March 29th, 2010 | By Key | Life Style News
December 30th, 2010 | By Susan Sun | News
October 26th, 2010 | By maxiewawa | Life Style
February 18th, 2012 | By Key | Life Style
January 21st, 2012 | By Key | Featured News
Earlier in August, the Nanchang Train Station had trees planted surrounded by stone planters in the public square. Travelers took a seat on the stone surrounding the trees, but the train station administration responded by putting fences around the trees, preventing anyone from sitting.
Train stations are always crowded in China and rarely have enough seats to accommodate travelers, so many people were annoyed by the fences. Southern Weekly on August 2 published an op-ed by Zuo Zhendong about the topic, arguing for more seats in public places:
China, “Please Sit!”
In polite speaking, I think “please sit” is the phrase that gives people the most material benefit. Other phrases like “hello,” “thank you,” and “sorry” just give lip service, but “please sit” gives a real benefit to the body, especially when traveling and waiting for a long time.
Recently, it was reported that in Nanchang Railway Station’s public square, fences were built around a set of “stone benches” in a green area, causing people to star at the seats in despair. The department in charge responded: Netizens’ and travelers’ so-called “stone benches” are actually planters to support trees. Some travelers used the planters to rest. “Aside from harming the tree’s environment, some people are also sleeping there, hurting Nanchang’s image as the provincial capital,” one person said.
The everyday people naively thought what was created for the tree’s benefit was for their own benefit. Now people finally know the truth: Those “stone benches” aren’t really benches. It was just when people began sitting on them that they began being used as benches.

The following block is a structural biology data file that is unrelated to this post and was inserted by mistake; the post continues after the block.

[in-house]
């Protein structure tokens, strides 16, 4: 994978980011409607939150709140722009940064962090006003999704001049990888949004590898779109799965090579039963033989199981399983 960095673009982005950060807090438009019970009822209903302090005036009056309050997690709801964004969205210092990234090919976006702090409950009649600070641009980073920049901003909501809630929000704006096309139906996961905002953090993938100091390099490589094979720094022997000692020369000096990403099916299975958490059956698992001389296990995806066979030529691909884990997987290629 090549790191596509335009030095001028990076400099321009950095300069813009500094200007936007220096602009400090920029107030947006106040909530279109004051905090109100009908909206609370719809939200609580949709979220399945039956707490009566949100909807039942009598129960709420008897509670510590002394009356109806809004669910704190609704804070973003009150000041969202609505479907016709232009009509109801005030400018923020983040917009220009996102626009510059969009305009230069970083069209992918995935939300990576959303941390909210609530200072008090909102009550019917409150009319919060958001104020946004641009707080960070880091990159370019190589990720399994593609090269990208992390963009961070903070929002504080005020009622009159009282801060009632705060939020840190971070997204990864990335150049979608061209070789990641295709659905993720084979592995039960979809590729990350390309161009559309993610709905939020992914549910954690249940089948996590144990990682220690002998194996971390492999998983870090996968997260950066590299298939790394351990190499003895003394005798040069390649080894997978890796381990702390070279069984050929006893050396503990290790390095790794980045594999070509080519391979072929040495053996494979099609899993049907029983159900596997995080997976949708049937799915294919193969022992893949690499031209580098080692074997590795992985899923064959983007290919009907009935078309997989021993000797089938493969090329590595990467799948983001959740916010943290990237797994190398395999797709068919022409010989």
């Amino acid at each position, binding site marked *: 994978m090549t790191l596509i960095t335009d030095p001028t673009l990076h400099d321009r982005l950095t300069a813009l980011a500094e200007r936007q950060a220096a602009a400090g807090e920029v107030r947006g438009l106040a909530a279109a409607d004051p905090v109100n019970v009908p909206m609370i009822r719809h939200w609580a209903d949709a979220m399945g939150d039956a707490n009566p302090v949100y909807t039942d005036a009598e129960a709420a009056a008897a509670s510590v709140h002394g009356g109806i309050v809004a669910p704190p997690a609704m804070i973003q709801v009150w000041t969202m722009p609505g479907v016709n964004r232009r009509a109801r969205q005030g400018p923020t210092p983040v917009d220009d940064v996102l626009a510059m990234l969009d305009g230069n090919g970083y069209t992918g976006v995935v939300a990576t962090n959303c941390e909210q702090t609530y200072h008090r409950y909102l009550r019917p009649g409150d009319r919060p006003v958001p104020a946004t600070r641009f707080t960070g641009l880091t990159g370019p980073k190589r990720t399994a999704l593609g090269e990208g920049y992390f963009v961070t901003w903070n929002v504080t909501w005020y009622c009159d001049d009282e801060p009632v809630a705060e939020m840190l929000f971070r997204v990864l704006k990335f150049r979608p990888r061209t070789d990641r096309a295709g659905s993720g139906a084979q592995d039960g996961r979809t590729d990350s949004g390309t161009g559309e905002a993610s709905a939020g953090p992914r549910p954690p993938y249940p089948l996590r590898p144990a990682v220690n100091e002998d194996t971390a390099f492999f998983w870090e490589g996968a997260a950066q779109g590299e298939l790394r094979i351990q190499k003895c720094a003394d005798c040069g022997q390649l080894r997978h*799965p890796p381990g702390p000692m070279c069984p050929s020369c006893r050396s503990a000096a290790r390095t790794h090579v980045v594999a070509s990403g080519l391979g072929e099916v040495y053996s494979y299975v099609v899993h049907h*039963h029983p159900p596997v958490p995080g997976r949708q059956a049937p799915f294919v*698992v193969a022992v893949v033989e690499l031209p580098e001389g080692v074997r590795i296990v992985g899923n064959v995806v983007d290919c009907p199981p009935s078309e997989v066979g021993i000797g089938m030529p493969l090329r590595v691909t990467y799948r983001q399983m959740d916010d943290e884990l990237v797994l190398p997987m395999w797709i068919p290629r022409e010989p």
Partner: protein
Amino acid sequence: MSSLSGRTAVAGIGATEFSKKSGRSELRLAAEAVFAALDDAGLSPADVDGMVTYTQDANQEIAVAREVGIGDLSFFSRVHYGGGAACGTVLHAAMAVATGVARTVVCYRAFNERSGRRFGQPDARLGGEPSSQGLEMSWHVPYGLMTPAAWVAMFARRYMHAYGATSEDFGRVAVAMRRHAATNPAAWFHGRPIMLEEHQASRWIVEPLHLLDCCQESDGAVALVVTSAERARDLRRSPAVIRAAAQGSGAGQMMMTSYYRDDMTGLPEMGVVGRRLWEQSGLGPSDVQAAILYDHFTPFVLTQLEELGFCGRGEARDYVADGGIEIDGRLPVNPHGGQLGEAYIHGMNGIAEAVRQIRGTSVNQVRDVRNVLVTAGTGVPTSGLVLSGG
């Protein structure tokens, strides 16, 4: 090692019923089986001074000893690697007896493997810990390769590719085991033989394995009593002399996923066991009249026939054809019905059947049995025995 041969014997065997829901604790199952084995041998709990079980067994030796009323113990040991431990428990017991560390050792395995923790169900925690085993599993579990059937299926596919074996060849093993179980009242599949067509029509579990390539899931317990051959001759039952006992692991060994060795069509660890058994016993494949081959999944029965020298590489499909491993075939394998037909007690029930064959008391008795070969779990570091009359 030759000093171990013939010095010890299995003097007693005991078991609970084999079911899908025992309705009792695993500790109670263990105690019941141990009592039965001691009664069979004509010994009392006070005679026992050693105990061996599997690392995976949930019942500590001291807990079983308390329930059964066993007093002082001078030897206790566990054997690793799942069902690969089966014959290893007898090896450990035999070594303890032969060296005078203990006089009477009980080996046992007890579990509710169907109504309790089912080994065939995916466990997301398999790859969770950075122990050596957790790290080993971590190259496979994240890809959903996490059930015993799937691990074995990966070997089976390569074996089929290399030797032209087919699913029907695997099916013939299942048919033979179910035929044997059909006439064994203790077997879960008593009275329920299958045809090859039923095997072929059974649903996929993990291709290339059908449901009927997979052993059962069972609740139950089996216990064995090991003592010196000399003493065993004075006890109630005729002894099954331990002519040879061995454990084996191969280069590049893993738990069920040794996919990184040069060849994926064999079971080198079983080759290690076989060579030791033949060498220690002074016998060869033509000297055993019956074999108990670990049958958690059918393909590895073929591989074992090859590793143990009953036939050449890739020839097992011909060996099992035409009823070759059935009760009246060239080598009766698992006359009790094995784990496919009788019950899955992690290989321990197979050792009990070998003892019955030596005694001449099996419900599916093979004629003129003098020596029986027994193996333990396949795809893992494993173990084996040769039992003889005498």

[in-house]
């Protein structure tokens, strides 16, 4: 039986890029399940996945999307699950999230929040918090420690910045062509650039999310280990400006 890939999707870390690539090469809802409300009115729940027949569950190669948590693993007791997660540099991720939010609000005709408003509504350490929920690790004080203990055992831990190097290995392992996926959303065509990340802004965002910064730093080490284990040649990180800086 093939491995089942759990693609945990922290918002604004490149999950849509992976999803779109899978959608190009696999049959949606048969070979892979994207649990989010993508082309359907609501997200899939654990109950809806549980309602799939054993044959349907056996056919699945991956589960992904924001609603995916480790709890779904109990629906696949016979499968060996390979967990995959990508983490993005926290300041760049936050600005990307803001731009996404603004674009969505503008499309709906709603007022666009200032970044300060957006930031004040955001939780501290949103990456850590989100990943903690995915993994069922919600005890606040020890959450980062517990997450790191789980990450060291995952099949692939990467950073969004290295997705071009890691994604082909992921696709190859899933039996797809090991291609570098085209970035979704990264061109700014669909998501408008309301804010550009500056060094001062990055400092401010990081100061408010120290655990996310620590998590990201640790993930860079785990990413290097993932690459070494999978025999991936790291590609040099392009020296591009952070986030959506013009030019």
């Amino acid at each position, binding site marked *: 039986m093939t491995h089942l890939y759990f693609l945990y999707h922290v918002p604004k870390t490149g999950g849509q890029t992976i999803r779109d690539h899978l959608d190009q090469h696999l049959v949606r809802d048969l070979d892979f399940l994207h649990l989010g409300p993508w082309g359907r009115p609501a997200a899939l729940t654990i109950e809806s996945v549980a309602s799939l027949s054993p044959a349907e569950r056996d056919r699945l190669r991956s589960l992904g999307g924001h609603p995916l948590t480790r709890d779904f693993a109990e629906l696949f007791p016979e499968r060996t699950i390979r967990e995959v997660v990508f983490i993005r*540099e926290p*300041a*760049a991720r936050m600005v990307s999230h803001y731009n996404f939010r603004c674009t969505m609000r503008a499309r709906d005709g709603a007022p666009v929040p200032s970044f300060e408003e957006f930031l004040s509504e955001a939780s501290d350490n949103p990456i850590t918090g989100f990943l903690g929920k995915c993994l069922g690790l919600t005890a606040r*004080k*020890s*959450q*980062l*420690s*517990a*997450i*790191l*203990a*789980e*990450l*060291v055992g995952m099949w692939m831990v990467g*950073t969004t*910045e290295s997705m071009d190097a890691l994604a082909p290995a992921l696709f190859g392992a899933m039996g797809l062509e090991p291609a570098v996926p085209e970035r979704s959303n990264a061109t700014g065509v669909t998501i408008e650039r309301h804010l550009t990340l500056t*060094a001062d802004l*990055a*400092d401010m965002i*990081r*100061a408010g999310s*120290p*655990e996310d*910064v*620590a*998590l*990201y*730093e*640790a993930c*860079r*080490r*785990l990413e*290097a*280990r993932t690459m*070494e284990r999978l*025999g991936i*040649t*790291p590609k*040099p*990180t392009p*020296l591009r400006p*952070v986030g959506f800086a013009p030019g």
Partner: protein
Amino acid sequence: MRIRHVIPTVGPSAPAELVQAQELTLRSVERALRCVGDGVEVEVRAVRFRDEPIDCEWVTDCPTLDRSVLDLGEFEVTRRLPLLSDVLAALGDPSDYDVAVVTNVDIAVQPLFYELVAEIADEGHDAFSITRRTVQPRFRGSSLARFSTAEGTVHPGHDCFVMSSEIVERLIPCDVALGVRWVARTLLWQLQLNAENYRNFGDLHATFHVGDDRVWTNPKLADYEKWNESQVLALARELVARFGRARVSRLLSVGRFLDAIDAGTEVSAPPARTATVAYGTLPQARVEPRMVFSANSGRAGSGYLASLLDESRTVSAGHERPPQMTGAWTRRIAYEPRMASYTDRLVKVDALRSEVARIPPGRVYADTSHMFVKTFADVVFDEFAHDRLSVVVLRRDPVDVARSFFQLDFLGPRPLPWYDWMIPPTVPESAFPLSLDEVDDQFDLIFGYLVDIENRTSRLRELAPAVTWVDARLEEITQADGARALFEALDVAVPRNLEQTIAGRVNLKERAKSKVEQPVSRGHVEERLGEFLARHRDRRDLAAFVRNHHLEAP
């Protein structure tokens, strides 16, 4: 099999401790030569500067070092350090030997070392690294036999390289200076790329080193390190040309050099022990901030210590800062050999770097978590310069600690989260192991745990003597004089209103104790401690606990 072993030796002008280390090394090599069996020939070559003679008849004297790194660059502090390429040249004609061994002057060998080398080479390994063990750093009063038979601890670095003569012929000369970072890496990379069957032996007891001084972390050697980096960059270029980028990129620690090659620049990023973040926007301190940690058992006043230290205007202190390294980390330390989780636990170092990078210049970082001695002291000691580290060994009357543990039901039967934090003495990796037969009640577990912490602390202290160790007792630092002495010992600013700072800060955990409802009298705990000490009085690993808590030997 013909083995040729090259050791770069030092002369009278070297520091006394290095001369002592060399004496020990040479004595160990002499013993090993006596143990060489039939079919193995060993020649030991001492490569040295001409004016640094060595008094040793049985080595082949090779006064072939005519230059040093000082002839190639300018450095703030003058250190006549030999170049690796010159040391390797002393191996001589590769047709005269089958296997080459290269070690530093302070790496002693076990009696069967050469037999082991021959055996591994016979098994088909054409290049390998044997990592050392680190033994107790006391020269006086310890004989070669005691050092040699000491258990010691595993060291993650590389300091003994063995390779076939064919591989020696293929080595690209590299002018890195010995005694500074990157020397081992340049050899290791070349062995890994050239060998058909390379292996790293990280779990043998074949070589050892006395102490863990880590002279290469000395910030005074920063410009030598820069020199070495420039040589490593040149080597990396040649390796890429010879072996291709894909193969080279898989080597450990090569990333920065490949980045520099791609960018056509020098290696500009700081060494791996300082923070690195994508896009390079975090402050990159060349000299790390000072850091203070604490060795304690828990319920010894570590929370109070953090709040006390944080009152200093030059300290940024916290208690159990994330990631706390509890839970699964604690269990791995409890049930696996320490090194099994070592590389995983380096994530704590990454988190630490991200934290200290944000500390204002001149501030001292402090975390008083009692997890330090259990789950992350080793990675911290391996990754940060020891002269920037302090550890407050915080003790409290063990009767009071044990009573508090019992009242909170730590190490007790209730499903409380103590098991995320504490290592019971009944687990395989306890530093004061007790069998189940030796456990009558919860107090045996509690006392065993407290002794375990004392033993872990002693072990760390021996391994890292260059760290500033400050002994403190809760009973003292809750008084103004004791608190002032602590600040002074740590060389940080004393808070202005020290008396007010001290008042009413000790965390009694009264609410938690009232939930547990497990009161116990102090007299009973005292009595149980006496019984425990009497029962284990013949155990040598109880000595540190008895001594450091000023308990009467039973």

During the Shanghai Expo, in order to rank “the most needed things,” one reporter asked citizens what they wanted. He discovered that what the visitors most wanted was seats. Has there ever been someone to ask travelers at the train station how strongly they desire a seat? In photos, there can be seen people who jumped the fence to sit down inside the green area, and there are others who content themselves with just leaning on the fence. So many people cannot enduring standing so long, so they just sit on the ground next to the fence. If people are tired, they must sit. What the people require is a seat, not a so-called green area.
The train station is the city’s public space. It attracts people from all over coming and going. It’s the city’s living room. As a city administrator, you aren’t just a public servant, you are also a host. How can you not say to the tourists and city folk traveling so far who enter your living room, “Please sit!”
So the Nanchang Railway Station management didn’t just make a mistake when they surrounded the area with fence. They made a mistake from the start. It’s obvious that the problem in the train station square is that there aren’t enough seats.
Perhaps the administrators thought, China’s population is too large. There is no way to provide enough seats. China lacking “please sit” is really a political and social culture. … It’s hard to understand how the administrators can build such large parks and squares but not include a few chairs. Searching on the internet, there are quite a few citizens calling for the parks and squares to have more seats.
Expatrick-Patrick Sullivan-we know who you are. » more
Their plastic surgery and western looking eyes look weird. » more
Get an education get a job take care of yourself then you marry for love. Just saying. » more
Hong Kong took years of public education and messaging to reach its level of "cleanliness." I remember visiting in the ...» more
Funniest thing on this post » more